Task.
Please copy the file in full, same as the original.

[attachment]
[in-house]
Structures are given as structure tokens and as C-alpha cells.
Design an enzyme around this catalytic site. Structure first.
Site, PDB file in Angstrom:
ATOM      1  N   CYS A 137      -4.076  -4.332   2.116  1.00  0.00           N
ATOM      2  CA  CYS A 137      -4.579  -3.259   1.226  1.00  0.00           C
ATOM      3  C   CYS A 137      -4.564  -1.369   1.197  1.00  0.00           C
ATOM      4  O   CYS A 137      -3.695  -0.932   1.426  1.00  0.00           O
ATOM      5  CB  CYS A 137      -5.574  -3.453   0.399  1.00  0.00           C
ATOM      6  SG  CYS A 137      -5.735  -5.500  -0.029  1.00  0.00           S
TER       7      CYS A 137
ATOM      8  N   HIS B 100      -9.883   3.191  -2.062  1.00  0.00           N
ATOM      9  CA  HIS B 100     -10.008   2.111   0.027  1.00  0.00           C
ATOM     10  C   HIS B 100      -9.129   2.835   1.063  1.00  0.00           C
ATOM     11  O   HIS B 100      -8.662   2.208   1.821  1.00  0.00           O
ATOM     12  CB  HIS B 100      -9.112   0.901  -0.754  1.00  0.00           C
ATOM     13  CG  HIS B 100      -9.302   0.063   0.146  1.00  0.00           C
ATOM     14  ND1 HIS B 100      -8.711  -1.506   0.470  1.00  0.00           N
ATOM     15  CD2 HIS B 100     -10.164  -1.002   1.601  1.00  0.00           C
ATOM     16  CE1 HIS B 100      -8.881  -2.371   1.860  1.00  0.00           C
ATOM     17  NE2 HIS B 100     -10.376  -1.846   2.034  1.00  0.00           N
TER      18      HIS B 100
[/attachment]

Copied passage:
[in-house]
Structures are given as structure tokens and as C-alpha cells.
Design an enzyme around this catalytic site. Structure first.
Site, PDB file in Angstrom:
ATOM      1  N   CYS A 137      -4.076  -4.332   2.116  1.00  0.00           N
ATOM      2  CA  CYS A 137      -4.579  -3.259   1.226  1.00  0.00           C
ATOM      3  C   CYS A 137      -4.564  -1.369   1.197  1.00  0.00           C
ATOM      4  O   CYS A 137      -3.695  -0.932   1.426  1.00  0.00           O
ATOM      5  CB  CYS A 137      -5.574  -3.453   0.399  1.00  0.00           C
ATOM      6  SG  CYS A 137      -5.735  -5.500  -0.029  1.00  0.00           S
TER       7      CYS A 137
ATOM      8  N   HIS B 100      -9.883   3.191  -2.062  1.00  0.00           N
ATOM      9  CA  HIS B 100     -10.008   2.111   0.027  1.00  0.00           C
ATOM     10  C   HIS B 100      -9.129   2.835   1.063  1.00  0.00           C
ATOM     11  O   HIS B 100      -8.662   2.208   1.821  1.00  0.00           O
ATOM     12  CB  HIS B 100      -9.112   0.901  -0.754  1.00  0.00           C
ATOM     13  CG  HIS B 100      -9.302   0.063   0.146  1.00  0.00           C
ATOM     14  ND1 HIS B 100      -8.711  -1.506   0.470  1.00  0.00           N
ATOM     15  CD2 HIS B 100     -10.164  -1.002   1.601  1.00  0.00           C
ATOM     16  CE1 HIS B 100      -8.881  -2.371   1.860  1.00  0.00           C
ATOM     17  NE2 HIS B 100     -10.376  -1.846   2.034  1.00  0.00           N
TER      18      HIS B 100